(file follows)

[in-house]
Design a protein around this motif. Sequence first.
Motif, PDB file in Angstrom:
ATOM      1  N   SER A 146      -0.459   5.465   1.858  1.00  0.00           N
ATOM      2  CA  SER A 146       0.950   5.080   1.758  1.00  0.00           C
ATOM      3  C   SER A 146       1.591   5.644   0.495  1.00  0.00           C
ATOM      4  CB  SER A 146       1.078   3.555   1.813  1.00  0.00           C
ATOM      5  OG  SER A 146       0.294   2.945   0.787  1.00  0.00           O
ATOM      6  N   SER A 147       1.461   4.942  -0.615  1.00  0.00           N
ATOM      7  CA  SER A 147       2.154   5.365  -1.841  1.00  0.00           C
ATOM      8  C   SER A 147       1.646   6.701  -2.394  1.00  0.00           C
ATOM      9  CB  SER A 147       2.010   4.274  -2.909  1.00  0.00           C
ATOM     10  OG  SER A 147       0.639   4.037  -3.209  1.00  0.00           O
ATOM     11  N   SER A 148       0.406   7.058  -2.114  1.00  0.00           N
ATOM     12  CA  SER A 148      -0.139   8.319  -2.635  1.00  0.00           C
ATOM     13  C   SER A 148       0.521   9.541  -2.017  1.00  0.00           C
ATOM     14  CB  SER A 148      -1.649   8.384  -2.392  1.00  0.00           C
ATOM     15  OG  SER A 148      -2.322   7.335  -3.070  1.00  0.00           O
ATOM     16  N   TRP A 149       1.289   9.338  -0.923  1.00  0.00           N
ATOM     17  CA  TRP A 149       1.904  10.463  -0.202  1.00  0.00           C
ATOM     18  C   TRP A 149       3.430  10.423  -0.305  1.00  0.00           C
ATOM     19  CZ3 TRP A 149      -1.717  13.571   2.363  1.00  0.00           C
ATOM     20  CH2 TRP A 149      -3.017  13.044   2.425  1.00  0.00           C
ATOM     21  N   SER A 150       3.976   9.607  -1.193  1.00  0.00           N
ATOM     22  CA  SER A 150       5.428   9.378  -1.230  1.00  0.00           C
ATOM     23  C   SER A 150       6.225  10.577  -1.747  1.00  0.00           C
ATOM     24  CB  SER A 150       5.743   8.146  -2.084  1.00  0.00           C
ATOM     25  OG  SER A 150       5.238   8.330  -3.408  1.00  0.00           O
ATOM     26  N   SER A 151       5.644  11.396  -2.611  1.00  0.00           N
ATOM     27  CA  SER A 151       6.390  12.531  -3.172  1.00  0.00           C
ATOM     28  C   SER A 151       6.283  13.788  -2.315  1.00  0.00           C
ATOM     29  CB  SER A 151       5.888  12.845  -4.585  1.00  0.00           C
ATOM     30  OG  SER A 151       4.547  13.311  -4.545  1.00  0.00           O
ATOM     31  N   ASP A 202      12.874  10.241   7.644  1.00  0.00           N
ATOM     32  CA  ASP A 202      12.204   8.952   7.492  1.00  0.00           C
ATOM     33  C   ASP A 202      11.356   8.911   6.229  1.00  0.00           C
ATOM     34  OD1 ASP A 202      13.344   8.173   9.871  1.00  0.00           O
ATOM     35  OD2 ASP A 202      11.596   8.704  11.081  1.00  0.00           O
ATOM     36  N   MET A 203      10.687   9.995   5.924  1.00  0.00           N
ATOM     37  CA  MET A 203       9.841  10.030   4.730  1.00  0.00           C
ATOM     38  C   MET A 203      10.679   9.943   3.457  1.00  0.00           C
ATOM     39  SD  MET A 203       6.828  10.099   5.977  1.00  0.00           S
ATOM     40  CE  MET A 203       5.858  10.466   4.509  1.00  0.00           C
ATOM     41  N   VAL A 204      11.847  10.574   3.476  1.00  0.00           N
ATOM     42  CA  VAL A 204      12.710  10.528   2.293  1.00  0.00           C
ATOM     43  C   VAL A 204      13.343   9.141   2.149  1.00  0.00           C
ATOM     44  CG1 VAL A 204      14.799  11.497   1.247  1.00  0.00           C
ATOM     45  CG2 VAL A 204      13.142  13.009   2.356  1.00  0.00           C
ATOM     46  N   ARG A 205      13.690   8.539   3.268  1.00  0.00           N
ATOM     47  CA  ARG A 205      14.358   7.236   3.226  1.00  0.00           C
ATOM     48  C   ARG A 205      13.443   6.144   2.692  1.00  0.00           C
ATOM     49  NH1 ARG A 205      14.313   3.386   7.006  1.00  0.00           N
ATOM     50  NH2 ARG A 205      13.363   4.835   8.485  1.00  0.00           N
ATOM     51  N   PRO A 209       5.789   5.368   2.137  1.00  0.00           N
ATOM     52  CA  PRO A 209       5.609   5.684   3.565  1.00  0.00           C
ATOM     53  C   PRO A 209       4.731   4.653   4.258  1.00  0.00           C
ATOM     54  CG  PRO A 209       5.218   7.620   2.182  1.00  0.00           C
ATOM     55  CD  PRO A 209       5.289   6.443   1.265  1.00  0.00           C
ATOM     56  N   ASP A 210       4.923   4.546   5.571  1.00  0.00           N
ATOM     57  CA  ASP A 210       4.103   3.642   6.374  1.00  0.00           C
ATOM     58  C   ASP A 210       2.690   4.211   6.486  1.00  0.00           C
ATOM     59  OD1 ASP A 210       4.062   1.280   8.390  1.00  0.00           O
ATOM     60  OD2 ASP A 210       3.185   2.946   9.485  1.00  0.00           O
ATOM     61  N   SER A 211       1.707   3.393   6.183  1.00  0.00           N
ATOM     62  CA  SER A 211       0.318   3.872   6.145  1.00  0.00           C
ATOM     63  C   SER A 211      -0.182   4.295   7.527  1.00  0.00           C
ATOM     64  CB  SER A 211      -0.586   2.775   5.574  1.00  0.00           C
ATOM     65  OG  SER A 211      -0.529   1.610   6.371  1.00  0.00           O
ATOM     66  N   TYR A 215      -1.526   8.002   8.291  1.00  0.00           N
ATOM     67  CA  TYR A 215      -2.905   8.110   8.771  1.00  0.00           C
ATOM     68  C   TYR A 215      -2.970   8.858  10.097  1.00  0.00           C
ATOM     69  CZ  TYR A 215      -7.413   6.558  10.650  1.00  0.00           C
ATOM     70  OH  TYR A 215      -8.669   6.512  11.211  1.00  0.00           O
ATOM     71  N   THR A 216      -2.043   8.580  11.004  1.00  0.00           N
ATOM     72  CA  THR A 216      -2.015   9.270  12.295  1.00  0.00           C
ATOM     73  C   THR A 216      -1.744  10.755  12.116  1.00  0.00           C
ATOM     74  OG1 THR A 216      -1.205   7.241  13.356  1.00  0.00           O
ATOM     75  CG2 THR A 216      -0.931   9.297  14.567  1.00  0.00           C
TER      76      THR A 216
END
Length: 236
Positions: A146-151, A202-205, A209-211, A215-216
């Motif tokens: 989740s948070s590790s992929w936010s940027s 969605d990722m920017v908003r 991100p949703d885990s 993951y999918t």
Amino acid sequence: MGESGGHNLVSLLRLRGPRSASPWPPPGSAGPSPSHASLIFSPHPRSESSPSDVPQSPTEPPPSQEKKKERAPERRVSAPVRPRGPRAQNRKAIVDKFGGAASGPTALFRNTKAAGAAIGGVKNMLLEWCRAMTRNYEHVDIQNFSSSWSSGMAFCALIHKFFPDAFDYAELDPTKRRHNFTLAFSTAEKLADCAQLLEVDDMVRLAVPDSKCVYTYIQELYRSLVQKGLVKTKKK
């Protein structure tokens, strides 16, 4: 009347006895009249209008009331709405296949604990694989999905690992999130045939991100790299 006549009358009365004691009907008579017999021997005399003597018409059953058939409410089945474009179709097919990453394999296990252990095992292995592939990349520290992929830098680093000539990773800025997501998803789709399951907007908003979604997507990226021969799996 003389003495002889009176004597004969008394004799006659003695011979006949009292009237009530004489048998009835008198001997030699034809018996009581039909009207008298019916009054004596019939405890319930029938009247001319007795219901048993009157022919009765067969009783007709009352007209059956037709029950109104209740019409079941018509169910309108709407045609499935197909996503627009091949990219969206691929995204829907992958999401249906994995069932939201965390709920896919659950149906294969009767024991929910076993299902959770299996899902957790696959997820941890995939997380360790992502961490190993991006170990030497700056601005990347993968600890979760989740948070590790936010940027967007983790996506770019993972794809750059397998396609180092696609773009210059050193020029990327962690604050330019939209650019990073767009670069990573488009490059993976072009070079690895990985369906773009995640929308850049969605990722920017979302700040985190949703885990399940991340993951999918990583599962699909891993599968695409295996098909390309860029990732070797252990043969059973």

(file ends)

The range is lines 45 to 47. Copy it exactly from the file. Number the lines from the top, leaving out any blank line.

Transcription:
ATOM     42  CA  VAL A 204      12.710  10.528   2.293  1.00  0.00           C
ATOM     43  C   VAL A 204      13.343   9.141   2.149  1.00  0.00           C
ATOM     44  CG1 VAL A 204      14.799  11.497   1.247  1.00  0.00           C